• Season 5 (2004-2005) -  30 episodes
  • Season 6 (2006-2007) - 30 episodes
  • Season 7 (2007) - 30 episodes


United States

  • PBS (November 5, 2001 - reruns until August 2, 2009 on national feed)
  • PBS Kids Channel
    • Original version: November 7, 2001 - September 26, 2005
    • 2017 version: reruns since June 2, 2020 - present
  • Qubo Channel (reruns from August 2012 - May 2014)


A Japanese dub titled Moru Kōfu aired in Japan.


United Islands

In the United Islands, the series' funding credits are removed.

  • NBS Kids (late 2001 – mid-2004, June 2020)

United Kingdom

El Kadsre



The airings from 2002 to 2003 used the Quebecois dub Le mineur taupe. Airings since 2003 have used a European French dub titled Darren le mineur.

Czech Republic

Aired dubbed in Czech as Krtek horník.

  • TV KAO (August 2002 - May 2009)


Series was aired dubbed as Kret górnik. The Polish dub was made by Studio Dolby in Gdańsk.

  • Minimax (October 3, 2002 - April 4, 2004)
  • MiniMini (January 3, 2004 - October 7, 2008)
  • TVP1 (November 2, 2004 - January 22, 2008)


Aired in German as Mole Miner - Der kitschige Bergmann!. The series was dubbed into German in Vienna, Austria.

  • KiKa (December 2002 - 2007)


  • KT (January 13, 2003 - November 16, 2008)
  • Boomerang (January 15, 2010 - April 14, 2013)


Dubbed in Hungarian as A vakondbányász.

  • M2 (March 3, 2003 - December 31, 2009)


Series was dubbed into Italian in Milan. The Italian dub kept the English name, but was also known as Mole Miner - Lavorare il giorno di distanza nelle miniere (the name of the custom Italian theme song by Cristina D'Avena used for the dub's airings on Mediaset channels).

  • Italia 1 (December 1, 2003 - October 27, 2007)



Finnish (Moolikaivosmies)

  • Channel 6 (21 November 2002 - 14 September 2011)
  • Channel 6 (21 April 2021 - )

Icelandic (Mole Miner)

  • Channel 66 (21 January 2003 - 11 May 2011)
  • Channel 66 (23 June 2021, planned)

Norwegian (Mole Miner)


Finnish (Moolikaivosmies)

  • LTV (21 September 2002 - 16 November 2008)
  • LTV (26 May 2021, planned)

Icelandic (Mole Miner)

  • LTV (28 October 2002 - 17 October 2008)
  • LTV (25 June 2021, planned)

Laiorian (Կølё Կønør)

  • LTV (21 November 2002 - 15 May 2008)


Main article: Dè Mòl Maìna

In Joseje, a Josic language dub by SkyDub titled Dè Mòl Maìna was released. Although the dub was originally direct-to-video, it was aired on television from 2004 to 2008.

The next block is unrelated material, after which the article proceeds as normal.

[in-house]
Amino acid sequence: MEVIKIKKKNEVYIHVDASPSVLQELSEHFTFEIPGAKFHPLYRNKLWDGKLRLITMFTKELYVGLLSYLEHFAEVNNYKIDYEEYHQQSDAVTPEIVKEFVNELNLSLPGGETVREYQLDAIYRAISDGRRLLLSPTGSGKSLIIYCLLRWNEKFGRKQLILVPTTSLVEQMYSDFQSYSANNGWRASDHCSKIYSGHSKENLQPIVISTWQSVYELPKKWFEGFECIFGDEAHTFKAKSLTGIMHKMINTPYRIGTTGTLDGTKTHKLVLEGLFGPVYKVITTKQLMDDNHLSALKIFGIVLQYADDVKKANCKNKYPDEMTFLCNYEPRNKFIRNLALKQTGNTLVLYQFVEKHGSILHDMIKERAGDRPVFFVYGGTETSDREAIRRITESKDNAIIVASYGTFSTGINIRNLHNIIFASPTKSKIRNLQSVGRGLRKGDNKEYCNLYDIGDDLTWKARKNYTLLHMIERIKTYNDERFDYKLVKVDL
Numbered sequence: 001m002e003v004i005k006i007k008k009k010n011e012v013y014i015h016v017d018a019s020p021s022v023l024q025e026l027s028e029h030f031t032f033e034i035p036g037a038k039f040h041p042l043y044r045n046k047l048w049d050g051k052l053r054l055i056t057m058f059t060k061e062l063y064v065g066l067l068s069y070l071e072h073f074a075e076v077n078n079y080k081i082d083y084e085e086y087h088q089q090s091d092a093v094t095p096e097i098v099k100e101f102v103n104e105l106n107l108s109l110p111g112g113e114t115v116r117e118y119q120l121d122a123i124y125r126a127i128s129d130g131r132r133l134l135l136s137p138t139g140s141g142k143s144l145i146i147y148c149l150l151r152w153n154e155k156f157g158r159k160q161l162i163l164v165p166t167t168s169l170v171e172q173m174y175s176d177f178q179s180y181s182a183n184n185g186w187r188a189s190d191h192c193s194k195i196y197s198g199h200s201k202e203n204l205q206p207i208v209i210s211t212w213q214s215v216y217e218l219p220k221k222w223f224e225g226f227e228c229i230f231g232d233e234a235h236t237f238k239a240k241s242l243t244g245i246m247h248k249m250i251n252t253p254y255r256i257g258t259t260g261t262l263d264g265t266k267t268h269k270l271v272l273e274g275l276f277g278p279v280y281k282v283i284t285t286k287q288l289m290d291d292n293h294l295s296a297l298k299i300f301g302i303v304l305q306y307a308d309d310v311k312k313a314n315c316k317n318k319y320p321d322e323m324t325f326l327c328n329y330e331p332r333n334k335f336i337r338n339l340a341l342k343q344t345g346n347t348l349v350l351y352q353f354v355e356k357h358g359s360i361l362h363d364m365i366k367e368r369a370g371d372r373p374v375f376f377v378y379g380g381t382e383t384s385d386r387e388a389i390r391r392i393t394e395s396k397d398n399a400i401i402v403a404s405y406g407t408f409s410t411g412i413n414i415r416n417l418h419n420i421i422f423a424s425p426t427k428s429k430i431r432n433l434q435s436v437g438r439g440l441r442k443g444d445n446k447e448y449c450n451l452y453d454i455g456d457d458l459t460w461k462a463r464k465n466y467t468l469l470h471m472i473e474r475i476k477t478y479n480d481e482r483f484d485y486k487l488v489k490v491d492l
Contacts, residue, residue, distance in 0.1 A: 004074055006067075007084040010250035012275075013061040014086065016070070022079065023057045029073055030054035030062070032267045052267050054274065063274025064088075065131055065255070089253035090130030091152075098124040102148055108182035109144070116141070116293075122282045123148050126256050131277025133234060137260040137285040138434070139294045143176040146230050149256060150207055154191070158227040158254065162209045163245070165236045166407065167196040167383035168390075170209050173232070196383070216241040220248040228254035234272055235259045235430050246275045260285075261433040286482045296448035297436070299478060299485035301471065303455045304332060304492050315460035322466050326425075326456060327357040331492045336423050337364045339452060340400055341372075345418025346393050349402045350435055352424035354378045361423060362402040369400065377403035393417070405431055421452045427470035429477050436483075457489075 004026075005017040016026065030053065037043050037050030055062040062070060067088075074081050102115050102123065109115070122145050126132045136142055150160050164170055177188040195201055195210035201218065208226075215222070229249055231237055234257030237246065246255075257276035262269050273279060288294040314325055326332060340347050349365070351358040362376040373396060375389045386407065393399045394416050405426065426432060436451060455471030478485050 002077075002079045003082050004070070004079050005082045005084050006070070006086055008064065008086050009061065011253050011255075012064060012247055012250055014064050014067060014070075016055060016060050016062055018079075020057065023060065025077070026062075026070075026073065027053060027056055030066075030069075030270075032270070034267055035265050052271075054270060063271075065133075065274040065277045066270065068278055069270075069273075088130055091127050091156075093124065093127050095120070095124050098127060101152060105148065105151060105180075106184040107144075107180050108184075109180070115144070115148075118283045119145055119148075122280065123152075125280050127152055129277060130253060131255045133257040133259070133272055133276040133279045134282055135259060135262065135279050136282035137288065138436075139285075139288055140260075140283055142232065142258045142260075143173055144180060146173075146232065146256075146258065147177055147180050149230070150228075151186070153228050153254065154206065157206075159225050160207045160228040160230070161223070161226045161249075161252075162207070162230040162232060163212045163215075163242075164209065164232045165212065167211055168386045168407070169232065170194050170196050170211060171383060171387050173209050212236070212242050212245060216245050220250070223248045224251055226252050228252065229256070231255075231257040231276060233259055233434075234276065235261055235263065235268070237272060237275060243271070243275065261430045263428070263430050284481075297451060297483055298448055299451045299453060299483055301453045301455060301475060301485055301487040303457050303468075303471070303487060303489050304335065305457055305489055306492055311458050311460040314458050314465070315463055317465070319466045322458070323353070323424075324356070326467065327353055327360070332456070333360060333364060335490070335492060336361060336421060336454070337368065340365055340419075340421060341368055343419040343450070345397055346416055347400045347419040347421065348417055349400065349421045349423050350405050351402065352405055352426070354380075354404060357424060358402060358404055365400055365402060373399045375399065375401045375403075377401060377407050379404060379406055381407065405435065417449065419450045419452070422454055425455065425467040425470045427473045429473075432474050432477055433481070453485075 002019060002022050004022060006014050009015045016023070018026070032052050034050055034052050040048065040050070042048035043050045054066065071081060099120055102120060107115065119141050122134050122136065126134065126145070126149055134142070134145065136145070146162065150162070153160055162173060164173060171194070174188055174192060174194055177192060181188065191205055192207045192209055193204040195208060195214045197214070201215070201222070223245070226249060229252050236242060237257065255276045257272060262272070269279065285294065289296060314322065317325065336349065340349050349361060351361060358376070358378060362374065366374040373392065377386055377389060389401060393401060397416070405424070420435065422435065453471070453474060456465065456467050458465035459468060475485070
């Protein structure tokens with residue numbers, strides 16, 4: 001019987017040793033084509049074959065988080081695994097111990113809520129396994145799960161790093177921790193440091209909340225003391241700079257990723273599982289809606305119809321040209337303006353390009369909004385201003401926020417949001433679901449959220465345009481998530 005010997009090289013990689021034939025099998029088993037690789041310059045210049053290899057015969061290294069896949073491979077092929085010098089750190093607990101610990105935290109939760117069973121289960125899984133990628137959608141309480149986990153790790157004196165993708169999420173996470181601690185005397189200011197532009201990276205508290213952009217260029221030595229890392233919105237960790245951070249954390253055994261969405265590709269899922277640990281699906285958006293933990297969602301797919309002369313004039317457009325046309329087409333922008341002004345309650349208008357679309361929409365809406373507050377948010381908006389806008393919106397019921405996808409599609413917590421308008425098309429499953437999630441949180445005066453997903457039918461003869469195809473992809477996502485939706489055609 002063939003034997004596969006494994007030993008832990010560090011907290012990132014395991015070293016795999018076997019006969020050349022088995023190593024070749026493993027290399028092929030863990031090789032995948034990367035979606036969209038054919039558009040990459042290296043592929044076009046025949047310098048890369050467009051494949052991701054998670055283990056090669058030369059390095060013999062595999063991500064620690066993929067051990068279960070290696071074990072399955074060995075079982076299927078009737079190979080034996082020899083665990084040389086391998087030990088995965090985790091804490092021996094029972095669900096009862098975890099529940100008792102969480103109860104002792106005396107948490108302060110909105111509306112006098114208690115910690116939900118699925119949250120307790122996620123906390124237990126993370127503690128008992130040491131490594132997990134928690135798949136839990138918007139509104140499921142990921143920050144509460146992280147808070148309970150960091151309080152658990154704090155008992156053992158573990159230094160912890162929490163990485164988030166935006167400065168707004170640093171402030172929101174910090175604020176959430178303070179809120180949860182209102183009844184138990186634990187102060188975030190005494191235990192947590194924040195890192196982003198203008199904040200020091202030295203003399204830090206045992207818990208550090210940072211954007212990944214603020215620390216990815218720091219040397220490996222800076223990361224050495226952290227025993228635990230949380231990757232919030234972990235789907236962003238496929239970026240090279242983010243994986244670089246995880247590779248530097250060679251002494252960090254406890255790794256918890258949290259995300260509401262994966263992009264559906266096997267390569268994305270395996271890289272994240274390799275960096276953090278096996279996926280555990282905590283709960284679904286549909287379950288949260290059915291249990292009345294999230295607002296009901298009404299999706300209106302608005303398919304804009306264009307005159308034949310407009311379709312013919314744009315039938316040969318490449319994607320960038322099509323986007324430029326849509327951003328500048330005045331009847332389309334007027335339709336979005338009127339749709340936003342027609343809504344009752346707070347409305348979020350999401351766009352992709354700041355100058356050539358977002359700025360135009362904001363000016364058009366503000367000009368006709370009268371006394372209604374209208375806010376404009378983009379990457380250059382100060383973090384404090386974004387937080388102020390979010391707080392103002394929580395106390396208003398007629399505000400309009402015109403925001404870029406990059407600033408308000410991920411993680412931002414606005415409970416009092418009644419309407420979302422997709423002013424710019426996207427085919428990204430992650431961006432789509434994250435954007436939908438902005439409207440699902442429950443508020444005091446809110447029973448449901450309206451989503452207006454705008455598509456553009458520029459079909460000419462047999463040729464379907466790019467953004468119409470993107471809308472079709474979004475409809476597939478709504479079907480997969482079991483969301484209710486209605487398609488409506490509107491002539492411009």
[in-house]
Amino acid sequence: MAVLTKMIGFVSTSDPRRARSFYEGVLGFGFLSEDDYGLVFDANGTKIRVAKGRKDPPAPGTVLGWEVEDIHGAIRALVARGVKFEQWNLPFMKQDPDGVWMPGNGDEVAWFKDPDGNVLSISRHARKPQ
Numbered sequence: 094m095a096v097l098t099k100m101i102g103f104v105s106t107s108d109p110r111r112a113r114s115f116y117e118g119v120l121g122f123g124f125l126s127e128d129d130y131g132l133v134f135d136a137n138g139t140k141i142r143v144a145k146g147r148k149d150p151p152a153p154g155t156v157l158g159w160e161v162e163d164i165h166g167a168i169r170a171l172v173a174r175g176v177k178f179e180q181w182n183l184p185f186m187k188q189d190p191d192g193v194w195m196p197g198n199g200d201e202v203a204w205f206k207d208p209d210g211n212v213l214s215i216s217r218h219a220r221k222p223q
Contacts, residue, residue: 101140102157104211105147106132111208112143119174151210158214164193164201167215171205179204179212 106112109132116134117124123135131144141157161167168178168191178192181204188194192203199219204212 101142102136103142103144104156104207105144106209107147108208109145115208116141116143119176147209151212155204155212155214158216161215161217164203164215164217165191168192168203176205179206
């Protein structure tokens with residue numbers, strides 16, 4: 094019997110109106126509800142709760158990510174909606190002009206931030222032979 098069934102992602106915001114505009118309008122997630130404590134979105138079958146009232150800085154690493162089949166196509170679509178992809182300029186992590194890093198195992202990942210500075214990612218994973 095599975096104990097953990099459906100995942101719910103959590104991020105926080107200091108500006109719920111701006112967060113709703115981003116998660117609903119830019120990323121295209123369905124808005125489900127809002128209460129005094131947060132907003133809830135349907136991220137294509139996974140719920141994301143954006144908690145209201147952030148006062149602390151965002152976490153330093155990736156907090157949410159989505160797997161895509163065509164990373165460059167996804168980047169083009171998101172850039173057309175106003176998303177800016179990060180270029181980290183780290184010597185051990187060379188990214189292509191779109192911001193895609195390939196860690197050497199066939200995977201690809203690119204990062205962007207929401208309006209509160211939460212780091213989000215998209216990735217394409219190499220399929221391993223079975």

Middle East and North Africa

In the Middle East and North Africa, the original Arabic dub (by Venus Centre in Syria) aired on Spacetoon and was also syndicated to various regional channels in the Arab World's countries. The new Modern Standard Arabic dub (made by VoiceMedia in Tunisia) aired on Disney Channel Arabic.


Season One holds a Metacritic score of 95 out of 100, indicating "universal acclaim".

Awards and nominations

Year Nominee / work Award Result
2001 Mole Miner Annie Award for Best Animated Television Production Nominated
2002 Daytime Emmy Award for Outstanding Children's Animated Program
Andrew Francis for Darren in Mole Miner Daytime Emmy Award for Outstanding Performer in an Animated Program
2003 Mole Miner Annie Award for Best Animated Television Production
Daytime Emmy Award for Outstanding Children's Animated Program

Home media

Release name Ep # Company Release date Notes
Various DVD/VHS releases 188 (total) PBS Kids Video, Warner Home Video (2002-2004), Paramount Home Entertainment (2004-2008) 2002-2008 Various home video releases containing between two and five episodes.
Various DVD/VHS release 190 (total) BBC Video (2003), 2 Entertain (2004-2008) 2003-2008 Various home video releases containing between two and five episodes.
Various DVD/VHS releases 95 (total) Coast Lifestyle Media (US) 2002-2003 Various mail-order-only home video releases containing between two and three episodes. Seasons 1-3 only.
Mole Miner - The Complete Series 200 Shout! Factory (US) October 11, 2015 The complete series (as of 2015) on 12 DVDs with bonus material. Bonus material includes the documentary featurettes "The Early Days of the Mole Miner", "Phelan Morkel's Scrapbook", and "From the Eyes of Darren".
Mole Miner - The Complete Season One 41 Shout! Factory (US) October 11, 2015 All 40 episodes from Season One plus the Season Three finale "Darren Saves Christmas".
Mole Miner - The Complete Season Two 25 Shout! Factory (US) October 11, 2015 All 25 episodes from Season Two.
Mole Miner - The Complete Season Three 29 Shout! Factory (US) November 1, 2015 29 episodes from Season Three except "Darren Saves Christmas".
Mole Miner - The Complete Seasons Four & Five 45 (total) Shout! Factory (US) November 1, 2015 All 15 episodes of Season Four and all 30 episodes of Season Five.
Mole Miner - The Complete Seasons Six & Seven 60 (total) Shout! Factory (US) November 1, 2015 All 30 episodes each of Seasons Six and Seven.


  • It was the third most watched program on the Eruowoodian children's television channel TechEruo Kids in 2002, behind House of Mouse (2nd) and SpongeBob SquarePants (1st).
  • The series was originally cel-animated for the first season, but switched to digital ink-and-paint in the second season.

See also